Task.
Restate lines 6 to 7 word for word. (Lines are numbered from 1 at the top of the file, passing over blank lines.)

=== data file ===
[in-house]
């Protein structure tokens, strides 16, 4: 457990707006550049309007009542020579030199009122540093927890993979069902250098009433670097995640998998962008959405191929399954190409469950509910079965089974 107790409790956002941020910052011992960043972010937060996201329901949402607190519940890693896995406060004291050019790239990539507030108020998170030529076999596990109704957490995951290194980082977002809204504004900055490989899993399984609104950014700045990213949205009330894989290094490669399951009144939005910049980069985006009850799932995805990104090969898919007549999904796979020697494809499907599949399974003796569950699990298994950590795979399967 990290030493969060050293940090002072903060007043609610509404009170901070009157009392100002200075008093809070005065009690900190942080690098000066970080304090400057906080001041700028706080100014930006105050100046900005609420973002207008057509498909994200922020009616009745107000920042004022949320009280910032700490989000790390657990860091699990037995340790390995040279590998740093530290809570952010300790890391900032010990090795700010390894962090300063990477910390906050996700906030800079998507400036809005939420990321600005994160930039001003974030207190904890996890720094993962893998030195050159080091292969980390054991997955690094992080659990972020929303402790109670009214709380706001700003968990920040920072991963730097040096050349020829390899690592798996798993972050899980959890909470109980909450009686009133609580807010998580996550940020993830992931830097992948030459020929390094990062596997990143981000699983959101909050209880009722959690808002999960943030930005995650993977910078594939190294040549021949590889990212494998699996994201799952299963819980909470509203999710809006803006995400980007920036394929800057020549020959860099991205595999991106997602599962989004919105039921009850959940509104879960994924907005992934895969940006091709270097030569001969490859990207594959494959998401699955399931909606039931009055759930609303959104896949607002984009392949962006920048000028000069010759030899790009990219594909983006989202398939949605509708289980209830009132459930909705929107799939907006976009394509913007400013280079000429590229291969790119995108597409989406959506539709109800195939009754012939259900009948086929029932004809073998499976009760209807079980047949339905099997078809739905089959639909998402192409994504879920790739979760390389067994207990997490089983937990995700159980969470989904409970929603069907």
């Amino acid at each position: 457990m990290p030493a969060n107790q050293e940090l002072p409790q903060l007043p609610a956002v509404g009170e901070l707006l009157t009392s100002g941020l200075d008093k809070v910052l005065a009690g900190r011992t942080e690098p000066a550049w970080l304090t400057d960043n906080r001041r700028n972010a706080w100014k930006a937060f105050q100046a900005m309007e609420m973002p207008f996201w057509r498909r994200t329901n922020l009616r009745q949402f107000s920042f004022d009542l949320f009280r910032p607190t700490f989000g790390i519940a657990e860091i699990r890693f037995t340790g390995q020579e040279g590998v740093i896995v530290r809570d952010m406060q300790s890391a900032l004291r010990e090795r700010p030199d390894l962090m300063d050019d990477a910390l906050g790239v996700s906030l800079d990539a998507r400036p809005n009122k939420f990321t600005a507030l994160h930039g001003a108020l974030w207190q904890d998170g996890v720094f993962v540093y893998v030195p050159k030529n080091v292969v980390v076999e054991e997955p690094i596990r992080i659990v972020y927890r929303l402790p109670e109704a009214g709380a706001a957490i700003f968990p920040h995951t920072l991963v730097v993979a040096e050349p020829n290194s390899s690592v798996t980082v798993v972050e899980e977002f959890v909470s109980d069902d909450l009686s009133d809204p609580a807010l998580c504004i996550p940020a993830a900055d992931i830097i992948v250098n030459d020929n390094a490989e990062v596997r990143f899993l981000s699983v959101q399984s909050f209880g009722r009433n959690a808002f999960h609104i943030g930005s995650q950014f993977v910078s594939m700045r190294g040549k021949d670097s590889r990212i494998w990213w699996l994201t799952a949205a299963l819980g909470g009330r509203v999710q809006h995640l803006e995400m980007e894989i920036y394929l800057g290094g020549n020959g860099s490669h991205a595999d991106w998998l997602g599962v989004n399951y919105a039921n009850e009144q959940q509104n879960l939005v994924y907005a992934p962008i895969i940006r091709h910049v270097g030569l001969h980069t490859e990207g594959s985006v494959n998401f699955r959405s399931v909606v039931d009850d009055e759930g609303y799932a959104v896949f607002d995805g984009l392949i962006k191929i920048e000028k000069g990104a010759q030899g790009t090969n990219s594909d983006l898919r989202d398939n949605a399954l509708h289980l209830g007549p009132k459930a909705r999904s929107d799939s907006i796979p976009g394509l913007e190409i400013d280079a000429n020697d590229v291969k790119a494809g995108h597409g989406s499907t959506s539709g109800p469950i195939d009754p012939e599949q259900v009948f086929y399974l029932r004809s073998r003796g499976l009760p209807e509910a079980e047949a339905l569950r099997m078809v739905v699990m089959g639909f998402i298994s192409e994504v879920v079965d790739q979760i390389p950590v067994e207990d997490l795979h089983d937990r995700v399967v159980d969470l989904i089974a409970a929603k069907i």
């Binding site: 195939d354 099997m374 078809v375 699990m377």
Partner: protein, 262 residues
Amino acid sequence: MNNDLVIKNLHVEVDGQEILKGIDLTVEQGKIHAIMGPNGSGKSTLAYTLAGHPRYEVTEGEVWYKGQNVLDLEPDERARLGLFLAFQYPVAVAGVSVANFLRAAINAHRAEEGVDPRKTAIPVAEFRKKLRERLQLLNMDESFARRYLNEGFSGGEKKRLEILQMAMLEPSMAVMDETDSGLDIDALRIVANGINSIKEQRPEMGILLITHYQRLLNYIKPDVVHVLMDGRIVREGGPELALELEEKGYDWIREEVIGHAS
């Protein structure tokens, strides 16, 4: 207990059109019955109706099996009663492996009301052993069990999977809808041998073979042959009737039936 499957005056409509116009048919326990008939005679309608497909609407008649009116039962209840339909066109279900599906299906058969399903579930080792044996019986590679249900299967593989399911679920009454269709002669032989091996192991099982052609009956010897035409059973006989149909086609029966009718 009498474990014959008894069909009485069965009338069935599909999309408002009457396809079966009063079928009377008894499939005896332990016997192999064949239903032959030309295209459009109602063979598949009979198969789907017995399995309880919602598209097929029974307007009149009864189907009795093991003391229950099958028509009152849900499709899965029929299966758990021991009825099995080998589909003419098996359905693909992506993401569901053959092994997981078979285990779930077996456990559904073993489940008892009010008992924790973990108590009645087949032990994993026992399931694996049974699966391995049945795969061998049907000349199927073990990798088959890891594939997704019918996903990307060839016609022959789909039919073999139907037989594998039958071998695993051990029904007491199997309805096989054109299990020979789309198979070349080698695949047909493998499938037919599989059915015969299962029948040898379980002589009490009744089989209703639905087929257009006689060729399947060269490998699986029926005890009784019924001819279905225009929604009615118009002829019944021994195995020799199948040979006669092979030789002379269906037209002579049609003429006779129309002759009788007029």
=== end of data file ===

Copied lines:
Amino acid sequence: MNNDLVIKNLHVEVDGQEILKGIDLTVEQGKIHAIMGPNGSGKSTLAYTLAGHPRYEVTEGEVWYKGQNVLDLEPDERARLGLFLAFQYPVAVAGVSVANFLRAAINAHRAEEGVDPRKTAIPVAEFRKKLRERLQLLNMDESFARRYLNEGFSGGEKKRLEILQMAMLEPSMAVMDETDSGLDIDALRIVANGINSIKEQRPEMGILLITHYQRLLNYIKPDVVHVLMDGRIVREGGPELALELEEKGYDWIREEVIGHAS
């Protein structure tokens, strides 16, 4: 207990059109019955109706099996009663492996009301052993069990999977809808041998073979042959009737039936 499957005056409509116009048919326990008939005679309608497909609407008649009116039962209840339909066109279900599906299906058969399903579930080792044996019986590679249900299967593989399911679920009454269709002669032989091996192991099982052609009956010897035409059973006989149909086609029966009718 009498474990014959008894069909009485069965009338069935599909999309408002009457396809079966009063079928009377008894499939005896332990016997192999064949239903032959030309295209459009109602063979598949009979198969789907017995399995309880919602598209097929029974307007009149009864189907009795093991003391229950099958028509009152849900499709899965029929299966758990021991009825099995080998589909003419098996359905693909992506993401569901053959092994997981078979285990779930077996456990559904073993489940008892009010008992924790973990108590009645087949032990994993026992399931694996049974699966391995049945795969061998049907000349199927073990990798088959890891594939997704019918996903990307060839016609022959789909039919073999139907037989594998039958071998695993051990029904007491199997309805096989054109299990020979789309198979070349080698695949047909493998499938037919599989059915015969299962029948040898379980002589009490009744089989209703639905087929257009006689060729399947060269490998699986029926005890009784019924001819279905225009929604009615118009002829019944021994195995020799199948040979006669092979030789002379269906037209002579049609003429006779129309002759009788007029």